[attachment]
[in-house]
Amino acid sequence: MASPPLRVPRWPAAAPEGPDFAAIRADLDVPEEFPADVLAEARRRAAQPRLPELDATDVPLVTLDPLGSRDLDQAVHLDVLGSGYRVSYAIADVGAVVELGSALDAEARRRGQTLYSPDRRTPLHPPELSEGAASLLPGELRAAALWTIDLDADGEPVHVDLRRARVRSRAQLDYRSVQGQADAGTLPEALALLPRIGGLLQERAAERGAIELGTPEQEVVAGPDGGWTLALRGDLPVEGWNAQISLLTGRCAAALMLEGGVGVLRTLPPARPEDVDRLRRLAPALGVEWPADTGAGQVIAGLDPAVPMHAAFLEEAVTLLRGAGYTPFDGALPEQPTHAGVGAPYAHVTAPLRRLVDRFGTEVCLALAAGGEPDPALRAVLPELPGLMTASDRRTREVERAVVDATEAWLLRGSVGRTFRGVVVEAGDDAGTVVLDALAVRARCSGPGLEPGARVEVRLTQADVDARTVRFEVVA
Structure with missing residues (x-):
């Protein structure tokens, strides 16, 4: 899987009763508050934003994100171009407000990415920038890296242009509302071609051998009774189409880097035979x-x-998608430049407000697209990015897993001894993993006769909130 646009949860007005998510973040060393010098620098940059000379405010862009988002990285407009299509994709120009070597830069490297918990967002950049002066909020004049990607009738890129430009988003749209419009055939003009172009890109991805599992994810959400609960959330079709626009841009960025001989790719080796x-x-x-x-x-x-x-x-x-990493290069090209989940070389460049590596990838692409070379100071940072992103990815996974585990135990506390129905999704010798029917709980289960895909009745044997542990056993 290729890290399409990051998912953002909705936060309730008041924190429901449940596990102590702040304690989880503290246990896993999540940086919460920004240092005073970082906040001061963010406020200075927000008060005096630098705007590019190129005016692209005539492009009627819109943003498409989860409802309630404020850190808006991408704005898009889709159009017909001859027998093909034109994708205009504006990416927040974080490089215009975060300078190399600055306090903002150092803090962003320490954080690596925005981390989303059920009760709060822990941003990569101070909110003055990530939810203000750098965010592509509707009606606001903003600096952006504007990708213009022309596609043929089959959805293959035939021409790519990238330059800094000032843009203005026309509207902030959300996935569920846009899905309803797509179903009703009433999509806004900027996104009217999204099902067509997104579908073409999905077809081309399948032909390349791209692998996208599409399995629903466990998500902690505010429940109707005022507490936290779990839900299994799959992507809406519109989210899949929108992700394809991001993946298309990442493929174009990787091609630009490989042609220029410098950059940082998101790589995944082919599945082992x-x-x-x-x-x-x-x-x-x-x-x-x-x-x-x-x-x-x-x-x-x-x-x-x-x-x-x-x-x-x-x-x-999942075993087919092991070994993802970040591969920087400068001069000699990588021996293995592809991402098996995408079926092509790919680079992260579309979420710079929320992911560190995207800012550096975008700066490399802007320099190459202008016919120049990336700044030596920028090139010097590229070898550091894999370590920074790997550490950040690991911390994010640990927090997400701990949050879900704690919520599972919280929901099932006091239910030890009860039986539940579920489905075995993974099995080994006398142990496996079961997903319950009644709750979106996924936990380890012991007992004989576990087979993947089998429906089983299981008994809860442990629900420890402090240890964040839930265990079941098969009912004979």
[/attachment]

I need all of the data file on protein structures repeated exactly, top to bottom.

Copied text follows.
[in-house]
Amino acid sequence: MASPPLRVPRWPAAAPEGPDFAAIRADLDVPEEFPADVLAEARRRAAQPRLPELDATDVPLVTLDPLGSRDLDQAVHLDVLGSGYRVSYAIADVGAVVELGSALDAEARRRGQTLYSPDRRTPLHPPELSEGAASLLPGELRAAALWTIDLDADGEPVHVDLRRARVRSRAQLDYRSVQGQADAGTLPEALALLPRIGGLLQERAAERGAIELGTPEQEVVAGPDGGWTLALRGDLPVEGWNAQISLLTGRCAAALMLEGGVGVLRTLPPARPEDVDRLRRLAPALGVEWPADTGAGQVIAGLDPAVPMHAAFLEEAVTLLRGAGYTPFDGALPEQPTHAGVGAPYAHVTAPLRRLVDRFGTEVCLALAAGGEPDPALRAVLPELPGLMTASDRRTREVERAVVDATEAWLLRGSVGRTFRGVVVEAGDDAGTVVLDALAVRARCSGPGLEPGARVEVRLTQADVDARTVRFEVVA
Structure with missing residues (x-):
């Protein structure tokens, strides 16, 4: 899987009763508050934003994100171009407000990415920038890296242009509302071609051998009774189409880097035979x-x-998608430049407000697209990015897993001894993993006769909130 646009949860007005998510973040060393010098620098940059000379405010862009988002990285407009299509994709120009070597830069490297918990967002950049002066909020004049990607009738890129430009988003749209419009055939003009172009890109991805599992994810959400609960959330079709626009841009960025001989790719080796x-x-x-x-x-x-x-x-x-990493290069090209989940070389460049590596990838692409070379100071940072992103990815996974585990135990506390129905999704010798029917709980289960895909009745044997542990056993 290729890290399409990051998912953002909705936060309730008041924190429901449940596990102590702040304690989880503290246990896993999540940086919460920004240092005073970082906040001061963010406020200075927000008060005096630098705007590019190129005016692209005539492009009627819109943003498409989860409802309630404020850190808006991408704005898009889709159009017909001859027998093909034109994708205009504006990416927040974080490089215009975060300078190399600055306090903002150092803090962003320490954080690596925005981390989303059920009760709060822990941003990569101070909110003055990530939810203000750098965010592509509707009606606001903003600096952006504007990708213009022309596609043929089959959805293959035939021409790519990238330059800094000032843009203005026309509207902030959300996935569920846009899905309803797509179903009703009433999509806004900027996104009217999204099902067509997104579908073409999905077809081309399948032909390349791209692998996208599409399995629903466990998500902690505010429940109707005022507490936290779990839900299994799959992507809406519109989210899949929108992700394809991001993946298309990442493929174009990787091609630009490989042609220029410098950059940082998101790589995944082919599945082992x-x-x-x-x-x-x-x-x-x-x-x-x-x-x-x-x-x-x-x-x-x-x-x-x-x-x-x-x-x-x-x-x-999942075993087919092991070994993802970040591969920087400068001069000699990588021996293995592809991402098996995408079926092509790919680079992260579309979420710079929320992911560190995207800012550096975008700066490399802007320099190459202008016919120049990336700044030596920028090139010097590229070898550091894999370590920074790997550490950040690991911390994010640990927090997400701990949050879900704690919520599972919280929901099932006091239910030890009860039986539940579920489905075995993974099995080994006398142990496996079961997903319950009644709750979106996924936990380890012991007992004989576990087979993947089998429906089983299981008994809860442990629900420890402090240890964040839930265990079941098969009912004979």